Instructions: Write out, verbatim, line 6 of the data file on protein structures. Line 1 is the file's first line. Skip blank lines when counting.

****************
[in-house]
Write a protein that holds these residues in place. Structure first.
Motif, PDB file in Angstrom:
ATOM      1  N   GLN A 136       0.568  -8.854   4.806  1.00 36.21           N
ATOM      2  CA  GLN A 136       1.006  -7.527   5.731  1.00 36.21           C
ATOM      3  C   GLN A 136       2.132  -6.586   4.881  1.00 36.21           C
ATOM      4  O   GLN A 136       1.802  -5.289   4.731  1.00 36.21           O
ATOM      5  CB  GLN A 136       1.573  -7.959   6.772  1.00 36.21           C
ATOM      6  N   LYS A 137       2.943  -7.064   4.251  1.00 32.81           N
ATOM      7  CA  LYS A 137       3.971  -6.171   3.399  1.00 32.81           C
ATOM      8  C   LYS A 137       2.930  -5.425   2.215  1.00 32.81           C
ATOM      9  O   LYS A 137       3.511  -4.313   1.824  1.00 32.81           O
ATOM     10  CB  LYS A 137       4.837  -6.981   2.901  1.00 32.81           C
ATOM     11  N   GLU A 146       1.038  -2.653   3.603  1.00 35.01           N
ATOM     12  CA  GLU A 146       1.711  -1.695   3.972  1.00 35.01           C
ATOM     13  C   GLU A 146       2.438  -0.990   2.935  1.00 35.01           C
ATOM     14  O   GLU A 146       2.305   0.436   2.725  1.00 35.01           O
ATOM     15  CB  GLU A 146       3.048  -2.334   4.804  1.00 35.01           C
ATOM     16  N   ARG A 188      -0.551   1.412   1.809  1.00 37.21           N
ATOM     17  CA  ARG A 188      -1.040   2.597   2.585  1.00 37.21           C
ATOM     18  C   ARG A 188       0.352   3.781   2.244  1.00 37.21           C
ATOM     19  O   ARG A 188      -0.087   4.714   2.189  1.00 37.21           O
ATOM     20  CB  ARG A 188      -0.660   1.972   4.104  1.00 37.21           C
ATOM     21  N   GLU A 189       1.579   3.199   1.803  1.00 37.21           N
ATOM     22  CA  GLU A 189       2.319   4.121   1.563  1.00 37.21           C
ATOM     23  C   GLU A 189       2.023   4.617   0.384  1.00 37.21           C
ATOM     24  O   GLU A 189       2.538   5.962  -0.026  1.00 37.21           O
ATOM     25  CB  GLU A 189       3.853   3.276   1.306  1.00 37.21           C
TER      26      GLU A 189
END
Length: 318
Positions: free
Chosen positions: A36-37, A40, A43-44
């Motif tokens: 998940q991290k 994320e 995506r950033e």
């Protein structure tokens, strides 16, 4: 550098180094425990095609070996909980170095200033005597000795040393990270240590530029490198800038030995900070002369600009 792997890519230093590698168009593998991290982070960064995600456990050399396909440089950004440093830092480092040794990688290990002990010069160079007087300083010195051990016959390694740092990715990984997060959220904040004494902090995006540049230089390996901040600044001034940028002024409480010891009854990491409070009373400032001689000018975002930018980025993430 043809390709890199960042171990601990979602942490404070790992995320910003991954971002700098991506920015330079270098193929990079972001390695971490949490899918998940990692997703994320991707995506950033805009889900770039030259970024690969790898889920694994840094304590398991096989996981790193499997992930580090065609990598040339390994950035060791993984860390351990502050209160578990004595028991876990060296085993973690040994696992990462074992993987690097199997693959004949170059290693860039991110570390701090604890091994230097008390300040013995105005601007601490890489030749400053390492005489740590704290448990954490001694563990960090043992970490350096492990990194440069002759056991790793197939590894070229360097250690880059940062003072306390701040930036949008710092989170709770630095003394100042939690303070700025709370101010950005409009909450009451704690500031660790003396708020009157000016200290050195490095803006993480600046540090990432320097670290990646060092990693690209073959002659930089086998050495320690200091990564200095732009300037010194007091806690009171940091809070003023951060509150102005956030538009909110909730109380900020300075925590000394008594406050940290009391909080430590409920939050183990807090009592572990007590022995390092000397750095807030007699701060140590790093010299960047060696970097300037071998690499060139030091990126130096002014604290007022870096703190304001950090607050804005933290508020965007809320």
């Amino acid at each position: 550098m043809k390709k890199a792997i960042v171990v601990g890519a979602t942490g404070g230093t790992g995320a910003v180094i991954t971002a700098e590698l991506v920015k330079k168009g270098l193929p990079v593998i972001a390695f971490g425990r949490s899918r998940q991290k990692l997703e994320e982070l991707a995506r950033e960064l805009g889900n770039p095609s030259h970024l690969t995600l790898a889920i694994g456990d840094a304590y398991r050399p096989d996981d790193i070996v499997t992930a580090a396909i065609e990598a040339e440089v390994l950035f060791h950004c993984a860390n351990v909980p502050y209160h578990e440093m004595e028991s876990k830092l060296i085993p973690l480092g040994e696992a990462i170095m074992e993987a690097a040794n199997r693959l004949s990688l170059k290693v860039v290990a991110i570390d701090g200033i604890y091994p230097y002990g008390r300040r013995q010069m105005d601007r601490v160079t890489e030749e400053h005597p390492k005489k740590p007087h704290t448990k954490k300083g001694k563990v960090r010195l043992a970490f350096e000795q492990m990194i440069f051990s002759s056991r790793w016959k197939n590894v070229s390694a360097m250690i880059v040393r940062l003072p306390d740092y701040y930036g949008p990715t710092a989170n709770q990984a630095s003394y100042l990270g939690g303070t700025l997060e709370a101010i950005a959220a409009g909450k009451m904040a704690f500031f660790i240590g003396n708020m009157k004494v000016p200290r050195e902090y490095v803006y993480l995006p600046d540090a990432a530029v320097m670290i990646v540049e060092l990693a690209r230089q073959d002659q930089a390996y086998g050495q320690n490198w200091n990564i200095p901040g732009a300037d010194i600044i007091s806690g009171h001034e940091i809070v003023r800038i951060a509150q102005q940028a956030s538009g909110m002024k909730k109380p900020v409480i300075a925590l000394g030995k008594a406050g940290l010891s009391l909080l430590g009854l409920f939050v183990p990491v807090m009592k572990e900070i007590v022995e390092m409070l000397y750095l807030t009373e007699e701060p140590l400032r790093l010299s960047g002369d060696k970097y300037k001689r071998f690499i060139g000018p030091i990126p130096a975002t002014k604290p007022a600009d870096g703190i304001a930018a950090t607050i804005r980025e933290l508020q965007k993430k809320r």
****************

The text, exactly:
ATOM      3  C   GLN A 136       2.132  -6.586   4.881  1.00 36.21           C